Help collaborations in setting up registered reports
The idea is to help researchers with setting up registered reports for their next study. First, we need to direct people towards journals that accept registered reports (see the link for a list of journals). Next, it would be great if the registered reports system would allow researchers to get additional collaborators on board prior to or simultaneous with the first-phase acceptance. Researchers could post their ideas on a platform and get feedback before they submit their registered report.
A long term goal: Creating a mixed-methods journal The idea is to create an open access journal that focuses on mixed methods research (e.g., qualitative-quantitative methods; experimental-experience sampling methods; etcetera). To attract submissions, the journal would not ask for a publication fee during the first couple of years. In addition, the journal would be advertised at conferences to develop a community of interested scholars. A specific submission format could be considered, which could be described as collaborative registered reports. In this format, researchers would first submit a research question and collaborators would be then invited to participate and submit their own specific idea for a research design to tackle the proposed research question. This would lead to a multitude of different research methods. The submitted methods would evaluated by reviewers, after which an in-principle acceptance can be offered. Finally, the authors would collect data and submit a full paper. It would be ideal if there could be quick turnaround, but the proposed collaborative registered reports format might not allow for quick turnarounds.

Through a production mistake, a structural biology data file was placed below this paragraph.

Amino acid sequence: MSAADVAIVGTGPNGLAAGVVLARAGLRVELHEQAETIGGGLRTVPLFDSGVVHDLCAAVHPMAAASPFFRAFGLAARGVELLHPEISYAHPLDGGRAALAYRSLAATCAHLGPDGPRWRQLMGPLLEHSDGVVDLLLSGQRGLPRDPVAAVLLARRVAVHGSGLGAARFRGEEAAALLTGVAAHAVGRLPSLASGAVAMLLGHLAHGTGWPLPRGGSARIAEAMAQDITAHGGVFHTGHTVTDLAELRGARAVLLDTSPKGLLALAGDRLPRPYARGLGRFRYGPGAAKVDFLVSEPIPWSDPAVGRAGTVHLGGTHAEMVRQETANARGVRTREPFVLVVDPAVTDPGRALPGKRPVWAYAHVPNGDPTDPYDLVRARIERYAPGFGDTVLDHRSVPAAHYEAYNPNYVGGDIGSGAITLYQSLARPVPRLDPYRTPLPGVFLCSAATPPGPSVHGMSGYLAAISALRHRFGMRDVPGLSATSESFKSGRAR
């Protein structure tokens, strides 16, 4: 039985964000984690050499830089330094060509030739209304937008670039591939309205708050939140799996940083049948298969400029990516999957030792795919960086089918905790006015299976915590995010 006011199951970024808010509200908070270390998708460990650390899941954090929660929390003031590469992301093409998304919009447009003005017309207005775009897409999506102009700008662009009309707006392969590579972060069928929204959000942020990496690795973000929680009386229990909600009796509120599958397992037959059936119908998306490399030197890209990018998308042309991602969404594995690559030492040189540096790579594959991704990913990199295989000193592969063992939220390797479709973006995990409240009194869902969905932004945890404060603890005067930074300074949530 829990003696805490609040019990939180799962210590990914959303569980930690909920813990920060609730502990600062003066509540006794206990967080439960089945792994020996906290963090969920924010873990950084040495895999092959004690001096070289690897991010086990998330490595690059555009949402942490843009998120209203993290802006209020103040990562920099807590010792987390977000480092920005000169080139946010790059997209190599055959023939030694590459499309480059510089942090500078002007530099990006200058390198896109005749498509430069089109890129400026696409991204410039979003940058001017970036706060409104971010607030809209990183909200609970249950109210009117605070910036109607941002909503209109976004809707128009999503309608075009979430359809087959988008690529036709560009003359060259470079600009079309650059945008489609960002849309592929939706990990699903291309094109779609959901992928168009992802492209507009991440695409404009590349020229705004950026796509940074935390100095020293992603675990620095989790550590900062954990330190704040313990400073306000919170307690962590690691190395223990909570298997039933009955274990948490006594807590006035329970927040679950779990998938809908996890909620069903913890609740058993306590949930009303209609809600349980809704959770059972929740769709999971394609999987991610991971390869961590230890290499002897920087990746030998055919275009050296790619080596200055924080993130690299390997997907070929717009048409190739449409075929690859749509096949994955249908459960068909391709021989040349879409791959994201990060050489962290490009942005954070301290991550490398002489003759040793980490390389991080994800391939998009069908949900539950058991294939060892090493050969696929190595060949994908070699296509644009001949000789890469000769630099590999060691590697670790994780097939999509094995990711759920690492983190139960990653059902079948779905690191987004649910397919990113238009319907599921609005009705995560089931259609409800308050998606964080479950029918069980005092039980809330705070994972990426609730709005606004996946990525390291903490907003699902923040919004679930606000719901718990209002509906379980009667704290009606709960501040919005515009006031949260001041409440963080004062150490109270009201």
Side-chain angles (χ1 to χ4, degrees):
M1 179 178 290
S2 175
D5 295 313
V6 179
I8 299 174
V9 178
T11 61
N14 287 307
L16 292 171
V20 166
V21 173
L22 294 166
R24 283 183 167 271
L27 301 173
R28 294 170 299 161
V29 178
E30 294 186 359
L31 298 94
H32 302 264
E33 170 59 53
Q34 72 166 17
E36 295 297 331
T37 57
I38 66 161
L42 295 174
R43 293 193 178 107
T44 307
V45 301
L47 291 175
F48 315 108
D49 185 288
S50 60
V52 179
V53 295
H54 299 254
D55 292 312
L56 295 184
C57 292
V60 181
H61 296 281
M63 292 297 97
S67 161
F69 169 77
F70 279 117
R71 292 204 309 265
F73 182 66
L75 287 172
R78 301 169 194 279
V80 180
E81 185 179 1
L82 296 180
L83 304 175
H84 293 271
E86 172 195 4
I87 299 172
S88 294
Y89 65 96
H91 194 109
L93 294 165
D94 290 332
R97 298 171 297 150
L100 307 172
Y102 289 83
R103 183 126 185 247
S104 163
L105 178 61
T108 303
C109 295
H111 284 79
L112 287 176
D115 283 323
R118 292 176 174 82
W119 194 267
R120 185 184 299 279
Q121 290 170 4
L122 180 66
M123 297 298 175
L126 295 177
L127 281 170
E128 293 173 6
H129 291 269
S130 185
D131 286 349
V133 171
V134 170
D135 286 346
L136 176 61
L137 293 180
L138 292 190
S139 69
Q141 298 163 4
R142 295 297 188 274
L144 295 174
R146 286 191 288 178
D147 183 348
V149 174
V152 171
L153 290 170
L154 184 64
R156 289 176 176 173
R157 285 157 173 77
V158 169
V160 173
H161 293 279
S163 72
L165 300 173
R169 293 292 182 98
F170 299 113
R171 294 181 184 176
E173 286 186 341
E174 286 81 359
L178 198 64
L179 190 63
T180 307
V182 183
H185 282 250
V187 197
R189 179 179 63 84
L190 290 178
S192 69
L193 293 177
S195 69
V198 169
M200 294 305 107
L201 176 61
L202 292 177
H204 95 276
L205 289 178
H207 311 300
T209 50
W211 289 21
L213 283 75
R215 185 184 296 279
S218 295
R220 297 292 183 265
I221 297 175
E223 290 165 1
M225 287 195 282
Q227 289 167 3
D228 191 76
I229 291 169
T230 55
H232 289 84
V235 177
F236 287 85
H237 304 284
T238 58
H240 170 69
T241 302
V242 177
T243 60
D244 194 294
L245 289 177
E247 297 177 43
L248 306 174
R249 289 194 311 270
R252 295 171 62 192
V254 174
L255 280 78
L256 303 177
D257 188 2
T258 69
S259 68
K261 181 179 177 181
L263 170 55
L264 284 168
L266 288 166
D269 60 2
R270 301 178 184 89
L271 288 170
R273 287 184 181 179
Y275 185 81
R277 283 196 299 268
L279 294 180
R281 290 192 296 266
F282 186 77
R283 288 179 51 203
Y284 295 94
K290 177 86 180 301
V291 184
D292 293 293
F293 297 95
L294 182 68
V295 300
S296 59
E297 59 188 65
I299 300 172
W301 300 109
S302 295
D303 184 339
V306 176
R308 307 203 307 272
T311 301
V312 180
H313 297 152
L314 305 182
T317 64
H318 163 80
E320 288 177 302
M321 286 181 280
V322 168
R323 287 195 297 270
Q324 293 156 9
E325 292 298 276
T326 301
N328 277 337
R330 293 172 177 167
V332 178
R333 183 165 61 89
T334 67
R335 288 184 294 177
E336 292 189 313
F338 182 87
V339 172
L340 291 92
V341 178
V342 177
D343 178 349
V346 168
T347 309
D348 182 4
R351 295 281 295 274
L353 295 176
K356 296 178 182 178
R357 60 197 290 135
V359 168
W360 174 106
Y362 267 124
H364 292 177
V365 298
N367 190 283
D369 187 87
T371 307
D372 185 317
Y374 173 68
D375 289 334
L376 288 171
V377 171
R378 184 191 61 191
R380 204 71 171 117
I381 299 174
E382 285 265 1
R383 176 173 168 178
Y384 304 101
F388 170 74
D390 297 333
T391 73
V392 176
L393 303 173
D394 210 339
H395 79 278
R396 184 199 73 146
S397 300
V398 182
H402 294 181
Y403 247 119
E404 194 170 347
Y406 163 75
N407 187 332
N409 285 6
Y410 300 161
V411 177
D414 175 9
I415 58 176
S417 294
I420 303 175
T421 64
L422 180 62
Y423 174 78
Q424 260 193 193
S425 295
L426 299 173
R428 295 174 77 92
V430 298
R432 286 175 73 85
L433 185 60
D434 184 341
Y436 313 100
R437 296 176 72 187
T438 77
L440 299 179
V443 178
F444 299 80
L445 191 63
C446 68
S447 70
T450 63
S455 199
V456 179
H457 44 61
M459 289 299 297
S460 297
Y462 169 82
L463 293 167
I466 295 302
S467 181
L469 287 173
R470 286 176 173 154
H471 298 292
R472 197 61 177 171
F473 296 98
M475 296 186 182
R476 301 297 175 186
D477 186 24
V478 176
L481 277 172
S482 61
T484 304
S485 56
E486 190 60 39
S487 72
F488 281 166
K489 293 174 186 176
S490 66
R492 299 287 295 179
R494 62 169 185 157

An online spreadsheet is developed to indicate the main actions that need to be taken to create a healthier academic system. As such, the spreadsheet provides an overview of suggested/best practices that individual researchers as well as collectives (such as FoWOP) can use to improve mental health in academia.
Equality in Academia
Research on Inequalities in Academia
We want to undertake more research to assess/evaluate the true extent of inequalities in HE and WOP. Particularly qualitative research will enable us to hear and understand hidden narratives that could prove significant to devise vigorous corrective action.
We want to foster a necessary culture change in organizations and in our field of WOP. To do so, we will create a workshop template on ethnic and gender inequalities in academia that would be freely available for any academic institution.
Teaching about Inequalities
We want to include ethnic, gender and other forms of inequalities in the curriculum of various courses, to raise awareness of these issues and prepare students to become responsible and critically thinking citizens and practitioners.
We are organizing the 2nd Small Group Meeting on the Future of Work and Organizational Psychology in Brussels, Belgium, 2020. Keep in touch with us to be informed about details of the meeting. If you want to become involved in organizing or contributing to the meeting, get in touch with us!